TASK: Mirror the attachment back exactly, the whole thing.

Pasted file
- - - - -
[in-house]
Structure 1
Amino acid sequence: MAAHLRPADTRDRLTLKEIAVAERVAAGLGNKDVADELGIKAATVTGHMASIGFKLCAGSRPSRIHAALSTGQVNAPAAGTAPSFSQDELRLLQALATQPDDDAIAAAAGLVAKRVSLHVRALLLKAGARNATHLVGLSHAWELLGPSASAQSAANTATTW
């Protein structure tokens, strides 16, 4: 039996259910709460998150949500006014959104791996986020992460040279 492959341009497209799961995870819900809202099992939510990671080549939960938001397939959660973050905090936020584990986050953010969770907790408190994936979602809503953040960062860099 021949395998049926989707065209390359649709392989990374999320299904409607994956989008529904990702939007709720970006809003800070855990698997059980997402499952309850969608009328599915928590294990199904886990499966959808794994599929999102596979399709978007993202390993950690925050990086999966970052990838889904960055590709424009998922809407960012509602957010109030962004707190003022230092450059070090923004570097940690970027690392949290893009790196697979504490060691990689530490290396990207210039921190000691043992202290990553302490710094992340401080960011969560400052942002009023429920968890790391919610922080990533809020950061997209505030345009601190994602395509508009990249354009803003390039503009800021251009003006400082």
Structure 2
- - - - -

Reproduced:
[in-house]
Structure 1
Amino acid sequence: MAAHLRPADTRDRLTLKEIAVAERVAAGLGNKDVADELGIKAATVTGHMASIGFKLCAGSRPSRIHAALSTGQVNAPAAGTAPSFSQDELRLLQALATQPDDDAIAAAAGLVAKRVSLHVRALLLKAGARNATHLVGLSHAWELLGPSASAQSAANTATTW
């Protein structure tokens, strides 16, 4: 039996259910709460998150949500006014959104791996986020992460040279 492959341009497209799961995870819900809202099992939510990671080549939960938001397939959660973050905090936020584990986050953010969770907790408190994936979602809503953040960062860099 021949395998049926989707065209390359649709392989990374999320299904409607994956989008529904990702939007709720970006809003800070855990698997059980997402499952309850969608009328599915928590294990199904886990499966959808794994599929999102596979399709978007993202390993950690925050990086999966970052990838889904960055590709424009998922809407960012509602957010109030962004707190003022230092450059070090923004570097940690970027690392949290893009790196697979504490060691990689530490290396990207210039921190000691043992202290990553302490710094992340401080960011969560400052942002009023429920968890790391919610922080990533809020950061997209505030345009601190994602395509508009990249354009803003390039503009800021251009003006400082």
Structure 2